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Sintering of Incorporated Shape Memory Alloys into Functionally Graded Materials

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24/03/2018 13:46:16
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Research Article Open Access
Khafaji et al., Ind Eng Manage 2018, S:3
DOI: 10.4172/2169-0316.S3-002
Ind Eng Manage ISSN: 2169-0316, IEM an open access journal
Industrial Engineering & Management
Industrial Engineering & Management
ISSN: 2169-0316
Materials with Compositional Variations
Keywords: SMA; Functionally graded NiTi materials; Biocompatibility;
XRD
Introduction
Functionally graded materials (FGM) contain of a gradual change
in the volume fraction or mechanical properties of the ingredient in
a direction. Functionally graded materials are ideal for applications
include sharp thermal gradients, ranging from thermal structures in
advanced aircraft and aerospace engines to computer circuit boards
[1]. The conception of Functionally Graded Materials (FGMs) was
basically advanced in the early 1980s in Japan, where this new material
notion was proposed to increase adhesion and minimize the thermal
stresses in metallic-ceramic composites advanced for reusable rocket
engines [2].
Design of FGM
A main problem in the design of an FGM, aside from this materials
selection, lies in determining the optimum spatial dependence for the
composition. This can be regarded by as that composition profile which
best accomplishes the intended purpose of the material while preserve
other thermal, physical, and mechanical properties within limits that
ensure favorable performance. Another problem lies in prophesy the
characteristics of an FGM, for a given composition profile, during
manufacturing and under in service conditions. Use of theoretical
models to aid in FGM design and to predict FGM fabrication and inservice
behavior is of crucial importance. Once decided, a model can
readily be used to conduct a wide variety of computer “experiments”
in which effects of changing input parameters, such as thermo physical
properties of the constitutive phases, or the composition profile along
the graded direction, is systematically evaluated [3].
The fact that the composition of an FGM cans vary over such a wide
range means that a variety of fundamentally different microstructures
can exist across the graded direction. This, in turn, means that the
thermo physical properties, which are generally substantially dependent
on the microstructure, will also vary with position within the material.
*Corresponding author: Khafaji NSL, Department of Metallurgy Engineering,
Collage of Materials Engineering, Babylon University, Iraq, Tel: 7801006256;
E-mail: dr.nabbaa@gmail.com
Received November 23, 2017; Accepted December 28, 2017; Published January
08, 2018
Citation: Khafaji NSL, Hafiz MH, Atiyah AA (2018) Sintering of Incorporated Shape
Memory Alloys into Functionally Graded Materials. Ind Eng Manage S3: 002. doi:
10.4172/2169-0316.S3-002
Copyright: © 2018 Khafaji NSL, et al. This is an open-access article distributed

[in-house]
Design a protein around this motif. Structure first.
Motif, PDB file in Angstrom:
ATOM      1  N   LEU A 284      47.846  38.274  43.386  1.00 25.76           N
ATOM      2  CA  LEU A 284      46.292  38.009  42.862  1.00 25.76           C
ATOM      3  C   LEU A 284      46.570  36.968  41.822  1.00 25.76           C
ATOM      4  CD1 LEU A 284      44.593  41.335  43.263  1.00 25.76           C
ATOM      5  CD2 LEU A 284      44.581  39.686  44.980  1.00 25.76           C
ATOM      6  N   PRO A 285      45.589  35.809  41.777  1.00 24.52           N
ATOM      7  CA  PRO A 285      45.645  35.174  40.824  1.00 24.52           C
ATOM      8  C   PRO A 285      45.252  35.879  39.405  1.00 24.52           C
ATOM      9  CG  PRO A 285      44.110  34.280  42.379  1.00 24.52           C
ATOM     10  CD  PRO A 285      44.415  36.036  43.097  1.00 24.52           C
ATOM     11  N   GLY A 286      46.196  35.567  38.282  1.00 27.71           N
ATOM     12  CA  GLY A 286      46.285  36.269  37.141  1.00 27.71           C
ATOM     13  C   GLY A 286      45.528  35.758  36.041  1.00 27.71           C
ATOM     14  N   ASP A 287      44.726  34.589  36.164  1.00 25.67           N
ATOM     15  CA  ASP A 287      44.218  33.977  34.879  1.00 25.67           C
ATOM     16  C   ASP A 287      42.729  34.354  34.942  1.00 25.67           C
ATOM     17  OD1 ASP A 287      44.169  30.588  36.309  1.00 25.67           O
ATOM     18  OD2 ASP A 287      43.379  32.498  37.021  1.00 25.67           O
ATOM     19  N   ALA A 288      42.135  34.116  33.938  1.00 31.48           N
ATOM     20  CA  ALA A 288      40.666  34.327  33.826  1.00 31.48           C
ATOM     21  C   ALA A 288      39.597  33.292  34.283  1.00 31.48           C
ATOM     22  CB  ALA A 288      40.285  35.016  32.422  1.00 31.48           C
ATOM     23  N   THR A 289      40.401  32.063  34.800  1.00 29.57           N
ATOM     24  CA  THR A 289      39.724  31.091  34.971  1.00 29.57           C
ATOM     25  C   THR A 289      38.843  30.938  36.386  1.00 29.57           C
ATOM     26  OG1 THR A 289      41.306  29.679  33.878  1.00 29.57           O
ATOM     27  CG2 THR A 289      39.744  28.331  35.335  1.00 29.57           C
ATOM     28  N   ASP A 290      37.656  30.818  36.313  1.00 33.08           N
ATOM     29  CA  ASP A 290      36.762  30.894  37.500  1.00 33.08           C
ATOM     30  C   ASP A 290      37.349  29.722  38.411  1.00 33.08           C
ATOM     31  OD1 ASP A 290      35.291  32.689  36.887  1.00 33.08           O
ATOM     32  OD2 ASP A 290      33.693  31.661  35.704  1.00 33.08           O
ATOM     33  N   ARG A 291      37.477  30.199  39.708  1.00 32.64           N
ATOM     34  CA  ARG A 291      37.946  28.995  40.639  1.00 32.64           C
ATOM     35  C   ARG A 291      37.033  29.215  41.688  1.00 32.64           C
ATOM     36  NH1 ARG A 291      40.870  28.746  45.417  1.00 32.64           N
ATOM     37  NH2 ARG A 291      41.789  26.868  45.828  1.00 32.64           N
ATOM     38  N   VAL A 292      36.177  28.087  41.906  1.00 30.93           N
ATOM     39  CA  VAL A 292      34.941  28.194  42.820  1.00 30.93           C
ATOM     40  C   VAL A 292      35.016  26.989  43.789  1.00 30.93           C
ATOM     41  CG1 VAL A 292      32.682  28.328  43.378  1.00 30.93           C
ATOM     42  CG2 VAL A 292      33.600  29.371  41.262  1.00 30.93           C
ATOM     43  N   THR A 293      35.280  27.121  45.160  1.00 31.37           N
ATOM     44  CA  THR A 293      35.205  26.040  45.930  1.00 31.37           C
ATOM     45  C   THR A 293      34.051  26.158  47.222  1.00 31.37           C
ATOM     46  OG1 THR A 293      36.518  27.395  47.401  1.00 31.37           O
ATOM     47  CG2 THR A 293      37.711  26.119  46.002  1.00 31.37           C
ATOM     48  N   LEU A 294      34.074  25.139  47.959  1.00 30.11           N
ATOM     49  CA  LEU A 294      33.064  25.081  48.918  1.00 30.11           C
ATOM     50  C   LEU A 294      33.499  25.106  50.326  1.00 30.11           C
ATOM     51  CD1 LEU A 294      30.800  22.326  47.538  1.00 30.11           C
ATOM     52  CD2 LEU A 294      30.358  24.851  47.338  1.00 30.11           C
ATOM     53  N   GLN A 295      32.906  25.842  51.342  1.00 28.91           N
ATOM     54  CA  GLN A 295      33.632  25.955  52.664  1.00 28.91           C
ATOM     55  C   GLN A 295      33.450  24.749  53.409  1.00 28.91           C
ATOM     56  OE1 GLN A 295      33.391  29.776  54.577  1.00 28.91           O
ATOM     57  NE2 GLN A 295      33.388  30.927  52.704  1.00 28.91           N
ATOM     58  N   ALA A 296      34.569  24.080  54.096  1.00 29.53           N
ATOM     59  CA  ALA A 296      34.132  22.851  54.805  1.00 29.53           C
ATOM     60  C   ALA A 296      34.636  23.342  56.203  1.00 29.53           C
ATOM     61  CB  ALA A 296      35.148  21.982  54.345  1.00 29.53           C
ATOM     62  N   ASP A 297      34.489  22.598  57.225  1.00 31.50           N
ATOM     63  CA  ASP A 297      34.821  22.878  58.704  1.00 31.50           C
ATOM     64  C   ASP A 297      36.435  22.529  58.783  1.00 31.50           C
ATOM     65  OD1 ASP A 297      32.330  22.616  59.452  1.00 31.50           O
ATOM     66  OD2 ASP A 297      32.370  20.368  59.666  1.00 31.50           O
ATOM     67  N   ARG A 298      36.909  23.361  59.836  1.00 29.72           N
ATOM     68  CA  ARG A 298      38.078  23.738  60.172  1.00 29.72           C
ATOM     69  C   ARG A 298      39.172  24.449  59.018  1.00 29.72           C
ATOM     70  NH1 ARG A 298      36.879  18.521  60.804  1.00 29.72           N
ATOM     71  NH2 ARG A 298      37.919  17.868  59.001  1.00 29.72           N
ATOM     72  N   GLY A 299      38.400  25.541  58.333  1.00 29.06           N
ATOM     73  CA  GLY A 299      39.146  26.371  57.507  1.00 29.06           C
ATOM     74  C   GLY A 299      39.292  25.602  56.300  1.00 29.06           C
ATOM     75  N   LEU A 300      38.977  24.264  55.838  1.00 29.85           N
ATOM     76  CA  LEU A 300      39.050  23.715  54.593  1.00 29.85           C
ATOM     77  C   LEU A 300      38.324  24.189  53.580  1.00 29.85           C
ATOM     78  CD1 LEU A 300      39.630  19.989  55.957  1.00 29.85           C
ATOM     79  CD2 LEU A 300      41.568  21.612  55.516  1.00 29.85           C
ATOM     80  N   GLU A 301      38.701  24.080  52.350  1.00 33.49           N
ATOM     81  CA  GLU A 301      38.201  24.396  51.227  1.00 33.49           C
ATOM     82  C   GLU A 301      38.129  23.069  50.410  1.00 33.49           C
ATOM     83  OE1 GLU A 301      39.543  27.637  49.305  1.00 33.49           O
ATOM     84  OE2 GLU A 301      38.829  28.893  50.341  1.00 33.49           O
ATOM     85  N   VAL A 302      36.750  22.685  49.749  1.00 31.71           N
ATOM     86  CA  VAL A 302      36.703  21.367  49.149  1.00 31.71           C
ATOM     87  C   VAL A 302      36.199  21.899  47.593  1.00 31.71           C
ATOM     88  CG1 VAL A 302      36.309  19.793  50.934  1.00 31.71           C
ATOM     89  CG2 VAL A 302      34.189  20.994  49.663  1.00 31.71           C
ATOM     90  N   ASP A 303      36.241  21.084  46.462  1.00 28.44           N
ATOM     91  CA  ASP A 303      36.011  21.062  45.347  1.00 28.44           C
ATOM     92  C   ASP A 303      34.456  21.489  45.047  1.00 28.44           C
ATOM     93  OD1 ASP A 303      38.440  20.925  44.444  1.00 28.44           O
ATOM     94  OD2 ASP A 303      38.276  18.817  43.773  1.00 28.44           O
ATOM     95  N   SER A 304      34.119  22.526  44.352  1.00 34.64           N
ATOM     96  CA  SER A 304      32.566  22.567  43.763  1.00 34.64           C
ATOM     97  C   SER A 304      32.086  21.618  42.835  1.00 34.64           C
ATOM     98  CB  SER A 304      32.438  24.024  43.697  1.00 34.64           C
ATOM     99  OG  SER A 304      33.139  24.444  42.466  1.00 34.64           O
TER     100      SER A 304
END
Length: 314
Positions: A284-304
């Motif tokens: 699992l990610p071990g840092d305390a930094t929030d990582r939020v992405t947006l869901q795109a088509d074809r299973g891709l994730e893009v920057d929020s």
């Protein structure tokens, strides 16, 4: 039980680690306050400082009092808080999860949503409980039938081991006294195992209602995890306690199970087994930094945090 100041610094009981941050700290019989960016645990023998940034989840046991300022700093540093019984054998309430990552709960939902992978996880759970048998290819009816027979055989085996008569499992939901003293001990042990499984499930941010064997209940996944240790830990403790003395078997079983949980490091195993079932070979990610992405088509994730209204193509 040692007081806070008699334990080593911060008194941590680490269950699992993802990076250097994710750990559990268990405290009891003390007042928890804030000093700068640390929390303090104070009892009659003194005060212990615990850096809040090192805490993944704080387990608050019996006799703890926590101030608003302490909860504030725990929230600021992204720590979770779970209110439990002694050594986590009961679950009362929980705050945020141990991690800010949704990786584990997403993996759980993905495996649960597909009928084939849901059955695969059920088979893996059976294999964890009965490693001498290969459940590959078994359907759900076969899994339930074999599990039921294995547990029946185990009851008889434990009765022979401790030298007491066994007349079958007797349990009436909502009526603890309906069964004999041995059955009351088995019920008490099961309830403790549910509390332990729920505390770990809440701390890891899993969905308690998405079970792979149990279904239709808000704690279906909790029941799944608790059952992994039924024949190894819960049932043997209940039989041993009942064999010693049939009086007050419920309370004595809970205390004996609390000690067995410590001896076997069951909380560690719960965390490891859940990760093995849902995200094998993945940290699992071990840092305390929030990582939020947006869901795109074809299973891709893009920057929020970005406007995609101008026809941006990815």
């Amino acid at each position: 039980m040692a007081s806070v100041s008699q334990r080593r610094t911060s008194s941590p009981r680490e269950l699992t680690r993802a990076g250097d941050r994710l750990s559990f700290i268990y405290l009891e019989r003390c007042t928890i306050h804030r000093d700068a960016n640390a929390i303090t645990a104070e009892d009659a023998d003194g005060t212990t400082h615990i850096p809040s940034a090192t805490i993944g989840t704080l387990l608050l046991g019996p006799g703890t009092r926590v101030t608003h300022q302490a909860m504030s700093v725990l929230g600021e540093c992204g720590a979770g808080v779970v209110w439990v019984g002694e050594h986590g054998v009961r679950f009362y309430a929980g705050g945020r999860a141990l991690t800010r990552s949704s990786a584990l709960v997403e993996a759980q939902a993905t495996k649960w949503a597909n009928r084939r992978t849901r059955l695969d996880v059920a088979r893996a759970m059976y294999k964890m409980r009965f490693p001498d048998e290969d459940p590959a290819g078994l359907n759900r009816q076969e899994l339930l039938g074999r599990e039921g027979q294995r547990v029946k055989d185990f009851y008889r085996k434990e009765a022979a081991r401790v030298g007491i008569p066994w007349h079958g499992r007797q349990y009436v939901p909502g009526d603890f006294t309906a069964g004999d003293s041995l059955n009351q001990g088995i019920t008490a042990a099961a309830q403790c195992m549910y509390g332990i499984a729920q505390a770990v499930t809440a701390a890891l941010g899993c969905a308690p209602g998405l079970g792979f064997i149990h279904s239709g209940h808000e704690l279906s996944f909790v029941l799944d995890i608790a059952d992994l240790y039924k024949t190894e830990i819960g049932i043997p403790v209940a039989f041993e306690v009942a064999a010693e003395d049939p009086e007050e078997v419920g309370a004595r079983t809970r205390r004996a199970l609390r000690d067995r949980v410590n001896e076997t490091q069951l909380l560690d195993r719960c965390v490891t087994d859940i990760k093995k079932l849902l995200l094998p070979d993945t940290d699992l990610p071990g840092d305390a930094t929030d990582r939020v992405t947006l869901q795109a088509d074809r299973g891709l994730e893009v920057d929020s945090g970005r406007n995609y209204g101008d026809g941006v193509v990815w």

under the terms of the Creative Commons Attribution License, which permits
unrestricted use, distribution, and reproduction in any medium, provided the
original author and source are credited.
Abstract
Shape Memory Alloys (SMAs) have been investigated as one of the most full of promise smart materials in multi
applications. Among the commercially obtainable Shape Memory Alloys, nickel–titanium (Nitinol or NiTi) ones are
wonderful due to their outstanding performance and reliability. In addition to strain recovery, (Ni-Ti) be an attraction
in several medical applications due to its biocompatibility, corrosion resistance and fatigue behavior. Low range of
transition temperature was the main challenges in the fabrication of these materials. A novel method was introduced
to improve the range of transition temperatures by incorporating the shape memory effect into functionally graded
materials concept. Therefore, industrialization and implementing of NiTi functionally graded materials made by a powder
metallurgy method were carried out through the current work. Two samples with different seven layers of NiTi/NiTi
functionally graded materials were compacted using steel die and punch at the same compacted pressure and different
sintered temperature. After inspect the different samples of NiTi/NiTi functionally graded materials under different
fabrication conditions, the suitability fabrication regime was determined with the aid of microscopic observations. These
materials are designed to have gradual or abrupt Microstructural or compositional variations within the body in one piece
of material, these samples have been produced by powder metallurgy approach and the effect of composition for each
layer studied on the XRD.
Sintering of Incorporated Shape Memory Alloys into Functionally Graded
Materials
Khafaji NSL1*, Hafiz MH2 and Atiyah AA2
1Department of Metallurgy Engineering, Collage of Materials Engineering, Babylon University, Iraq